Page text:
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Seven Summits Facts

The highest mountains of each of the seven continents

  • The Seven Summits are the highest mountains of each of the seven continents.
  • They are regarded as the toughest challenges for mountaineering.
  • It was first postulated as such and achieved on April 30, 1985 by Richard Bass.
  • Highest mountain in the Australian mainland is Mount Kosciuszko, 2,228 metres (7,310 ft) above sea level.
  • In Europe, the generally accepted highest summit is Mount Elbrus (5,642 m/18,510 ft) in the Caucasus.
  • Other highest peaks include Mount Everest of Himalayas in Asia, Kilimanjaro in Tanzania from the Africa, Ellsworth Mountains from Antarctica, the Alaska Range in the North America and Andes of South America.
  • Richard Bass, a businessman and amateur mountaineer, the author of the book Seven Summits, is considered the first to cover all the seven peaks.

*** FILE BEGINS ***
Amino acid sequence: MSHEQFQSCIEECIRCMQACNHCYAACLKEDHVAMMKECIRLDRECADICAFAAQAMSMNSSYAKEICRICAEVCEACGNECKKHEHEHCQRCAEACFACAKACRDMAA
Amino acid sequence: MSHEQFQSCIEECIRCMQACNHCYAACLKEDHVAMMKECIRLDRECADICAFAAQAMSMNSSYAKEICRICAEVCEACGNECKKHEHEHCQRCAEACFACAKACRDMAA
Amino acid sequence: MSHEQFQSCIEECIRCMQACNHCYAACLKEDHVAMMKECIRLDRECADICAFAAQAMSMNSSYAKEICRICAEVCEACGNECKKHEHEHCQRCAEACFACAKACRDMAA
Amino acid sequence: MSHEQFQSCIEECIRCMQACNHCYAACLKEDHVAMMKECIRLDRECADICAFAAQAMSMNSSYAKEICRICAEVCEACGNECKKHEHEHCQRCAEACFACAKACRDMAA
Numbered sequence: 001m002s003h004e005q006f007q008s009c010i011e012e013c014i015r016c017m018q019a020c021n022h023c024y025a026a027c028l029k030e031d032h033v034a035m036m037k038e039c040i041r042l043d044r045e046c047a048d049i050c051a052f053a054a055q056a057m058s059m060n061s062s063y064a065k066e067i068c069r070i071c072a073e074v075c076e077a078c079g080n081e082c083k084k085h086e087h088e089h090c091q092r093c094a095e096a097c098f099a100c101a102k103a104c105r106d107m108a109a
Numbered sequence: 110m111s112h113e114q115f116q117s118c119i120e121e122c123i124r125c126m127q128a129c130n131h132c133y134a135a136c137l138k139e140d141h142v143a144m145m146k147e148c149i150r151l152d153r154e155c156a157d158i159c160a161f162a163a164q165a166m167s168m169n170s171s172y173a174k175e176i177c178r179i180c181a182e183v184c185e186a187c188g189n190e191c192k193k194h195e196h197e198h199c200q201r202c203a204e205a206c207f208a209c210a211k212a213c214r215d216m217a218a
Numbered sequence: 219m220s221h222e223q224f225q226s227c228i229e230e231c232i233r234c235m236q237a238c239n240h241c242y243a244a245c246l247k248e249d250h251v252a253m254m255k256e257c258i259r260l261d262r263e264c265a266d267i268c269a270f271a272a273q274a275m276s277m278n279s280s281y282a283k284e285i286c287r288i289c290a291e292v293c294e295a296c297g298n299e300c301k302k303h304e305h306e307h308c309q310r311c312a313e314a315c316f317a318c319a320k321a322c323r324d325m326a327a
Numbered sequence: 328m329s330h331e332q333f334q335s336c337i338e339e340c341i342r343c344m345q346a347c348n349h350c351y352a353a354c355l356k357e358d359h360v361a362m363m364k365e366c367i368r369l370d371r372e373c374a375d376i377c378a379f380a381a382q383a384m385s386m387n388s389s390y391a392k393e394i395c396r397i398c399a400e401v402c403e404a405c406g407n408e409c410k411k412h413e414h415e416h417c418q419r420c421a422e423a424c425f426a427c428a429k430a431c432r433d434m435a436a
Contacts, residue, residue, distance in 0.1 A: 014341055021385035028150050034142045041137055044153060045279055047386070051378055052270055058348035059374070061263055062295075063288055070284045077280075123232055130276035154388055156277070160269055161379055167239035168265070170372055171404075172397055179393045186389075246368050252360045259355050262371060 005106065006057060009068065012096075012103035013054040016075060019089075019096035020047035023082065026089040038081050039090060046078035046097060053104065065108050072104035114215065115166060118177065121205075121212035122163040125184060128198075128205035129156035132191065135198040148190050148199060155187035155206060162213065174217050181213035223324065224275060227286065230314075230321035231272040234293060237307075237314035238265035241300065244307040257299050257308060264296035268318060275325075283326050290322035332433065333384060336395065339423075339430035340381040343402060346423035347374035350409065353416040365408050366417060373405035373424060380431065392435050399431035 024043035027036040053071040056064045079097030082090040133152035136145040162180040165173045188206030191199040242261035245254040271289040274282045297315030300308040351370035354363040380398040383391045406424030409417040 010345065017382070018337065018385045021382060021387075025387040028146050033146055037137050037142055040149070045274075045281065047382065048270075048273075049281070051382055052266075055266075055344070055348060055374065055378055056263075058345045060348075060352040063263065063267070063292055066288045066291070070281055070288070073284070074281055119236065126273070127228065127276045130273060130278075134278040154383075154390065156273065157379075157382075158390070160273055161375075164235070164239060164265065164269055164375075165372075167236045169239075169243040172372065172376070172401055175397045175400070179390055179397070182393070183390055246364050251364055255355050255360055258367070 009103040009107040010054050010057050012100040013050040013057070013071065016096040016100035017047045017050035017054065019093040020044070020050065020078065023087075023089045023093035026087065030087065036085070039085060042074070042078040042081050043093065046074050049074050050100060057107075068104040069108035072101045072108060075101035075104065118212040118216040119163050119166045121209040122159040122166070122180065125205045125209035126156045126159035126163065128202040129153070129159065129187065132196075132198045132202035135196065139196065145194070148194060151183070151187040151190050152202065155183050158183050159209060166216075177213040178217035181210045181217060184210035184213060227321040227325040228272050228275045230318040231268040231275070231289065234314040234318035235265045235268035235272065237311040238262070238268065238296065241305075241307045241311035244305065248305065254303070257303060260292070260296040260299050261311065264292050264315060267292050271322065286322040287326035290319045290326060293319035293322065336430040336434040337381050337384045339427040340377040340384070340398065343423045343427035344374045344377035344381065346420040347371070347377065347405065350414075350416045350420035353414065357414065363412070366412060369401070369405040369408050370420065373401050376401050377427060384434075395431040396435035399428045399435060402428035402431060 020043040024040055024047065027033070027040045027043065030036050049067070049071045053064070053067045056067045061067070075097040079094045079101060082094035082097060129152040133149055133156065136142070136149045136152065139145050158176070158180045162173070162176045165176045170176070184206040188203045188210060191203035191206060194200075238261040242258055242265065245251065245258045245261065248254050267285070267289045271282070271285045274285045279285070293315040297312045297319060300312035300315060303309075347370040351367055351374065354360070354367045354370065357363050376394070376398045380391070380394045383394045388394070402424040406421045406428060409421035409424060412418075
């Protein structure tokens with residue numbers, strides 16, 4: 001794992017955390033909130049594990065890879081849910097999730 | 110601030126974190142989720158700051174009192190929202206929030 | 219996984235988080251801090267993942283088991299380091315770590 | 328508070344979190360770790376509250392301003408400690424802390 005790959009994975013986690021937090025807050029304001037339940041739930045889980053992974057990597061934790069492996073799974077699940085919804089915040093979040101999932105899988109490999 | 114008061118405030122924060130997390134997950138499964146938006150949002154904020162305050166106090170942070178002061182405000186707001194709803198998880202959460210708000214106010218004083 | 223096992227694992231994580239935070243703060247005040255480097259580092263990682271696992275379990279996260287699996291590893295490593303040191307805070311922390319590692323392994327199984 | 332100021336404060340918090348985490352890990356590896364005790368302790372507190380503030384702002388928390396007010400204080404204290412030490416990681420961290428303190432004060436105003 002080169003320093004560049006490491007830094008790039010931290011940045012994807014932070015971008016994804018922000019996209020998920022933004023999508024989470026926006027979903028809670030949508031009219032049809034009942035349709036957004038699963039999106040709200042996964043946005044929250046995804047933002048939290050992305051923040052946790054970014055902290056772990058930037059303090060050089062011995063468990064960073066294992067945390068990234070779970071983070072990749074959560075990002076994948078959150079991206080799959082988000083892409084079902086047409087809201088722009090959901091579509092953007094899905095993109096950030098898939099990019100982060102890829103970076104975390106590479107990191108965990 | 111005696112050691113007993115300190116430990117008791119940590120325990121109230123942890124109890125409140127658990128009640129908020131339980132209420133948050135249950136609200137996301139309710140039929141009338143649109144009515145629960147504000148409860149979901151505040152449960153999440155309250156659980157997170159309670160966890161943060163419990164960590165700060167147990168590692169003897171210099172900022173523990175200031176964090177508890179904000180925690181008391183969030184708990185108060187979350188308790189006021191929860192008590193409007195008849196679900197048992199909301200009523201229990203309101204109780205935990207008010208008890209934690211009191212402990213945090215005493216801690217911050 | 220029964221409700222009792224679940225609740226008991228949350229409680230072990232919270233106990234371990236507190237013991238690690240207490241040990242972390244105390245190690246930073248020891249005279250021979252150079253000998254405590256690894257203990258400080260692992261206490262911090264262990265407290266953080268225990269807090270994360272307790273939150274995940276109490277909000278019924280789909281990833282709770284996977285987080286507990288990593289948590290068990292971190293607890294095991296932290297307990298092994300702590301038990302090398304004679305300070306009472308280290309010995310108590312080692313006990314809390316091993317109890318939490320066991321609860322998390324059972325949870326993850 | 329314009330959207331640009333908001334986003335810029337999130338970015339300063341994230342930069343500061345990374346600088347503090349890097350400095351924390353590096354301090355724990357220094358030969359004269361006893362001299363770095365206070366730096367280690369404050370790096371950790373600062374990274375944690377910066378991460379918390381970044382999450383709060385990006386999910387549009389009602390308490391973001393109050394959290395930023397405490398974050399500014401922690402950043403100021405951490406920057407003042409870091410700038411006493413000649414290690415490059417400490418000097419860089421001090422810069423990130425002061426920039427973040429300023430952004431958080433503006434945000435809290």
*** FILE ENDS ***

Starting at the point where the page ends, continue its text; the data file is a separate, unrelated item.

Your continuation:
• Reinhold Messner revised Bass's list by using the broader definition of Oceania and including Carstensz Pyramid rather than Australia's Mount Kosciuszko.
  • Pat Morrow is the first to have met the Messner's challenge. He is also the first to complete all eight summits from both lists.
  • As of January 2010, approximately 275 climbers climbed all seven of the peaks from either the Bass or the Messner list. About 30% of those have climbed all of the eight peaks required to complete both lists.
  • In May 2002, Susan Ershler and her husband, Phil, became the first married couple to climb the “Seven Summits” together.
  • The first person to complete Seven Summits without the use of artificial oxygen on Mount Everest is Reinhold Messner.
  • In 1990, Rob Hall and Gary Ball became the first to complete the Seven Summits in seven months.
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